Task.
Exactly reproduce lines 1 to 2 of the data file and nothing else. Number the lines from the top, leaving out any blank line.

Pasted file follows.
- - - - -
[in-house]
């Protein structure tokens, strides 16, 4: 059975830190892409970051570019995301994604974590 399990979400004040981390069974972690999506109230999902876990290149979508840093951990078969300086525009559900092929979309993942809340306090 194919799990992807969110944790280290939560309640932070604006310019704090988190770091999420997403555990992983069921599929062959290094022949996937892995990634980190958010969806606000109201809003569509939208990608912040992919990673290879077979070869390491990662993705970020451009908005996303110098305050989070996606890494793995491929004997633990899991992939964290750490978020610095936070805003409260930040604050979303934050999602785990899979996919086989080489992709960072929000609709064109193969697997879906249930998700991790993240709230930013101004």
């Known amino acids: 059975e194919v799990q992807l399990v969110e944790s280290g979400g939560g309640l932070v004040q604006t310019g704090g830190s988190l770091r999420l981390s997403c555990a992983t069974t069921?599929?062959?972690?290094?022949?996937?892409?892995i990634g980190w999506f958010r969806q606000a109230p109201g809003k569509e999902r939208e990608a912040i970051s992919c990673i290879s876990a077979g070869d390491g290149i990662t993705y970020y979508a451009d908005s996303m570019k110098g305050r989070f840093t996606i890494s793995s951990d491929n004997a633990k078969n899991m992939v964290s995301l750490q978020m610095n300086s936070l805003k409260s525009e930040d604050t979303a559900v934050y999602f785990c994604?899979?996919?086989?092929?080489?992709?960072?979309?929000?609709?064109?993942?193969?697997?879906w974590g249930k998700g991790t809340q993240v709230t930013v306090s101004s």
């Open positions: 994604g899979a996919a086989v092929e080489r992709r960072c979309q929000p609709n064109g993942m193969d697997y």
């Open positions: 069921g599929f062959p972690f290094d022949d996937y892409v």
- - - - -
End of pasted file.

[in-house]
């Protein structure tokens, strides 16, 4: 059975830190892409970051570019995301994604974590 399990979400004040981390069974972690999506109230999902876990290149979508840093951990078969300086525009559900092929979309993942809340306090 194919799990992807969110944790280290939560309640932070604006310019704090988190770091999420997403555990992983069921599929062959290094022949996937892995990634980190958010969806606000109201809003569509939208990608912040992919990673290879077979070869390491990662993705970020451009908005996303110098305050989070996606890494793995491929004997633990899991992939964290750490978020610095936070805003409260930040604050979303934050999602785990899979996919086989080489992709960072929000609709064109193969697997879906249930998700991790993240709230930013101004």